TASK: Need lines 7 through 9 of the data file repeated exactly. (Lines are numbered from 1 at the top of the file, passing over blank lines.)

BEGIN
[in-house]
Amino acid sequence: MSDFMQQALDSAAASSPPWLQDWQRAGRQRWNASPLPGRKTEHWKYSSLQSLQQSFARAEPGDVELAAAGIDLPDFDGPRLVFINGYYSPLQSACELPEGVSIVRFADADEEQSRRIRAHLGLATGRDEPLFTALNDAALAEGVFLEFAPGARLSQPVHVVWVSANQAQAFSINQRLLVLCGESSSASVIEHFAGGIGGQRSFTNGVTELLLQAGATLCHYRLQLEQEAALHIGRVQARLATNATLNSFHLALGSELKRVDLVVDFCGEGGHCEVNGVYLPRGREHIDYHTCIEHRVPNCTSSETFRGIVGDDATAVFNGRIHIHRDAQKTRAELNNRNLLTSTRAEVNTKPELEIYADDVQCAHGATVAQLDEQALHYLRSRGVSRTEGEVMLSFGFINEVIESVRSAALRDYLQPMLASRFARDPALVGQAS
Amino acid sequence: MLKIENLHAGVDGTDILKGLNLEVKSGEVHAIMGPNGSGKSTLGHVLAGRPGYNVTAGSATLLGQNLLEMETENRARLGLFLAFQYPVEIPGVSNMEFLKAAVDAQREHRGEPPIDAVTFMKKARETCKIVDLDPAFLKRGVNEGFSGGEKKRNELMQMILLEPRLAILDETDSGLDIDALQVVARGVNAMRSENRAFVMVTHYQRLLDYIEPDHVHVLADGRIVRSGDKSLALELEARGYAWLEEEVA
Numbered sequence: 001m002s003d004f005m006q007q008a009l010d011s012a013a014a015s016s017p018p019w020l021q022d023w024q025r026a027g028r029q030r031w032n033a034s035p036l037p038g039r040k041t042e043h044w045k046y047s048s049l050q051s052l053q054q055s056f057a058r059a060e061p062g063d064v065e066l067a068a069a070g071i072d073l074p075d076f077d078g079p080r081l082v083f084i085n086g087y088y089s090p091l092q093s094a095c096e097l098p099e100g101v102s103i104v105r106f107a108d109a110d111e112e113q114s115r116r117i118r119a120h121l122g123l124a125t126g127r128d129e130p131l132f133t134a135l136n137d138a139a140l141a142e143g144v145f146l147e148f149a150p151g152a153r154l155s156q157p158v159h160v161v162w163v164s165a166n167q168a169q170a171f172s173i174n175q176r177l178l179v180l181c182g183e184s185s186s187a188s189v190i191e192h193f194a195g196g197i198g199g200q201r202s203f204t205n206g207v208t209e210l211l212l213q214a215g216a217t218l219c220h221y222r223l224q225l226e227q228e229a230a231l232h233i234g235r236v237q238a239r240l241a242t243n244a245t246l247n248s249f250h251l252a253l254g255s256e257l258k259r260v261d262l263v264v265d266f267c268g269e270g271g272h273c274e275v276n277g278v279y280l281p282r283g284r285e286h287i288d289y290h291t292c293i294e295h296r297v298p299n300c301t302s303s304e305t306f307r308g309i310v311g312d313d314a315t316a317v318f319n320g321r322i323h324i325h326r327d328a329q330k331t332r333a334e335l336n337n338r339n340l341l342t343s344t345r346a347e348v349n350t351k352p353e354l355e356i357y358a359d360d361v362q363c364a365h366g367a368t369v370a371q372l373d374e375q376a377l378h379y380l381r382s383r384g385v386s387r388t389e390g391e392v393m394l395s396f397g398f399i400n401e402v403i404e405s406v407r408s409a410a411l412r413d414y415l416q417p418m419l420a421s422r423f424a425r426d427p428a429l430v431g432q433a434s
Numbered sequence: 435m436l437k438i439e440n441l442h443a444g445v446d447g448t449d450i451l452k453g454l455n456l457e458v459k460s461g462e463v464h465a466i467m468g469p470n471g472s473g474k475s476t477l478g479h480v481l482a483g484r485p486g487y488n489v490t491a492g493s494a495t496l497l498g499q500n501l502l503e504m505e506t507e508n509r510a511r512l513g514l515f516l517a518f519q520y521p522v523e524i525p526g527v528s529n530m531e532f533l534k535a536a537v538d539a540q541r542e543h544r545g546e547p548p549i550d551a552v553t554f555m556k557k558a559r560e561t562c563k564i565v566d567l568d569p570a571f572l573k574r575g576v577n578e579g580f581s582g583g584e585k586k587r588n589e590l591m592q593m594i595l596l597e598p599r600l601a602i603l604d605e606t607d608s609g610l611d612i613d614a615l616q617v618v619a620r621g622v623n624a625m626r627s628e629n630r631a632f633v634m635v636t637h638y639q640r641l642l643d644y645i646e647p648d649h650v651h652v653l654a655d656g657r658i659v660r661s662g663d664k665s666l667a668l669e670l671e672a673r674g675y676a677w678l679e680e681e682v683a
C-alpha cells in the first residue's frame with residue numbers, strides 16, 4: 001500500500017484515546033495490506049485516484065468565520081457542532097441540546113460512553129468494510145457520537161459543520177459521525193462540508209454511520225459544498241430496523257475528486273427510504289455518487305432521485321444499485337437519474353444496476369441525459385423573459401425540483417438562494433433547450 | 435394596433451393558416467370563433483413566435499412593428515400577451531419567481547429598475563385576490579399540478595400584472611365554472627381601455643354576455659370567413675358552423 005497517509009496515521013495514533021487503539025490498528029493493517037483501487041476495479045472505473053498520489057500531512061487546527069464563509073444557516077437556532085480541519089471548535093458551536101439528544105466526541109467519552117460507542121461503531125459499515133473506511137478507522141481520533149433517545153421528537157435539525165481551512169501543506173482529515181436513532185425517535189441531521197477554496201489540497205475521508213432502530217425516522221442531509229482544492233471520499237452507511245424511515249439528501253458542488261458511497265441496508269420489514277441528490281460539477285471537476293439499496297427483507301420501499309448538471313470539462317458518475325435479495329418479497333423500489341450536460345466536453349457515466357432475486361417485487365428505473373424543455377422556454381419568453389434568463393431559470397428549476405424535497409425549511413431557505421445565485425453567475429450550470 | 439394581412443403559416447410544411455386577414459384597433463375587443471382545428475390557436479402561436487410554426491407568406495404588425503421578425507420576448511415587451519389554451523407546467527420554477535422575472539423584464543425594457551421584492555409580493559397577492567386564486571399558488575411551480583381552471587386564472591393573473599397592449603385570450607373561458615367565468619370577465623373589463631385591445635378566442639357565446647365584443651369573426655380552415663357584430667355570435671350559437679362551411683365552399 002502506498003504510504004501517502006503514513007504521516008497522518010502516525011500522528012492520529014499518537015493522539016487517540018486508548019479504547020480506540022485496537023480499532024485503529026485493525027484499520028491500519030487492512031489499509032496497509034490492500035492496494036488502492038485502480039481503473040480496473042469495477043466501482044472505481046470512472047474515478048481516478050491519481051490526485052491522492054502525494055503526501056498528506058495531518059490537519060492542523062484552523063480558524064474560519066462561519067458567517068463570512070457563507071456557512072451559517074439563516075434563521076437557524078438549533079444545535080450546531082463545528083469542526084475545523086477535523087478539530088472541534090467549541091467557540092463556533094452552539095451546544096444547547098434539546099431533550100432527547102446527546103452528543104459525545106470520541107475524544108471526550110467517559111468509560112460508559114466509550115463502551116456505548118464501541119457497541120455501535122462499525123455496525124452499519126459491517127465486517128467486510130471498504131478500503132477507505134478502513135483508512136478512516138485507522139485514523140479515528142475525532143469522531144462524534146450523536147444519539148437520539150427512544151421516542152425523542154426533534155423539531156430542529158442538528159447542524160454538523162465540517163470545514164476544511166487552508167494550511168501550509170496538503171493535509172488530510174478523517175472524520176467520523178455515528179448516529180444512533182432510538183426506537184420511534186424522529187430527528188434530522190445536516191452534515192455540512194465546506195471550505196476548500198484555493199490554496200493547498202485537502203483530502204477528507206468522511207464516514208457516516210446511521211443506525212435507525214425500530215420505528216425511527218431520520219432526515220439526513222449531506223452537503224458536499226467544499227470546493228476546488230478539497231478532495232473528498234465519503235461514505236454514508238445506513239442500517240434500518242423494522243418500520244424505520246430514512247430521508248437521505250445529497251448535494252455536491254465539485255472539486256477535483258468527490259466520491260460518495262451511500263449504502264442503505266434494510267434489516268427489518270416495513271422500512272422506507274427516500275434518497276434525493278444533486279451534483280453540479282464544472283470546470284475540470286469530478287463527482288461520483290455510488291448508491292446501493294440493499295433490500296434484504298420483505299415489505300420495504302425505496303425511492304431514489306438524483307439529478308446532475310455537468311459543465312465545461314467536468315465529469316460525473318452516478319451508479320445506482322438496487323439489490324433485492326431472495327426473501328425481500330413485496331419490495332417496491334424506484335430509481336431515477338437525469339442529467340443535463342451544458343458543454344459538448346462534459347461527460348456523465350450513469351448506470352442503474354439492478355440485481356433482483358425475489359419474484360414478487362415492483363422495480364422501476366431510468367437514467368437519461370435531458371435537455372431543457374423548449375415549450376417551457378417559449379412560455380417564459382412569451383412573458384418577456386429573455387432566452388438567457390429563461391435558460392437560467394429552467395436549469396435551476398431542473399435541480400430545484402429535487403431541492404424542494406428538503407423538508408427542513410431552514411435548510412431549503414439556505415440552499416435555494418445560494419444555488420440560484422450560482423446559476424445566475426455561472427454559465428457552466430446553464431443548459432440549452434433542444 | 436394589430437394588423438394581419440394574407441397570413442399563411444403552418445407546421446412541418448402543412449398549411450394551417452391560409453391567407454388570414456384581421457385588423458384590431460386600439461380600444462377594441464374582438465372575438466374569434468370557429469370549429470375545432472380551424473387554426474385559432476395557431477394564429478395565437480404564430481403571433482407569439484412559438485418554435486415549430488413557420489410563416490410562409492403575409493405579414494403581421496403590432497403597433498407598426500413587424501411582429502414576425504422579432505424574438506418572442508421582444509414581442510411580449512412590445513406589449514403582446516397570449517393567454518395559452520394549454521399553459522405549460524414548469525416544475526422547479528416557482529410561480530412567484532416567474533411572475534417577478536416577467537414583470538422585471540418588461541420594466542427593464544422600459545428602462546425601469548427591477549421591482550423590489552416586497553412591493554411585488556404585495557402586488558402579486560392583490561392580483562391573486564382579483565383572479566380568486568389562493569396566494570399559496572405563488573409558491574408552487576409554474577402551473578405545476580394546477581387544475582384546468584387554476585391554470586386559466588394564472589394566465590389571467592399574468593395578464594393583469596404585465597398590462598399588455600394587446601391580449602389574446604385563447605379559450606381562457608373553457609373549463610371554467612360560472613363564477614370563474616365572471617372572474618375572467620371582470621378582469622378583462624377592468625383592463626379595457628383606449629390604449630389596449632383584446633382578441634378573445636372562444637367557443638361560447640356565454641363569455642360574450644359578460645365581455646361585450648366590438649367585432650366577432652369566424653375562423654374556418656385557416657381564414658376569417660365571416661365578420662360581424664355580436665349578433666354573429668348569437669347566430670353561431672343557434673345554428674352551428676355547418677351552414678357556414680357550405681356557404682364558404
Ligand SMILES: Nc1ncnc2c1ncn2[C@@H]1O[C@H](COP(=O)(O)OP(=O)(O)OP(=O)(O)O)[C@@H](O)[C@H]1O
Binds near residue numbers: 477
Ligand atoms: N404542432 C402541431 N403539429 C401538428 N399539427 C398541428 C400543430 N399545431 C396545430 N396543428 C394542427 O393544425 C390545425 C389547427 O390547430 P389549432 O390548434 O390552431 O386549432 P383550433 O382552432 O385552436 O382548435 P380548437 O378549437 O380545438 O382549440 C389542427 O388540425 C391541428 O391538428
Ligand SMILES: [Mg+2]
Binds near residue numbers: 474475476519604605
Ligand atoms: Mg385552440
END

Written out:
Ligand SMILES: Nc1ncnc2c1ncn2[C@@H]1O[C@H](COP(=O)(O)OP(=O)(O)OP(=O)(O)O)[C@@H](O)[C@H]1O
Binds near residue numbers: 477
Ligand atoms: N404542432 C402541431 N403539429 C401538428 N399539427 C398541428 C400543430 N399545431 C396545430 N396543428 C394542427 O393544425 C390545425 C389547427 O390547430 P389549432 O390548434 O390552431 O386549432 P383550433 O382552432 O385552436 O382548435 P380548437 O378549437 O380545438 O382549440 C389542427 O388540425 C391541428 O391538428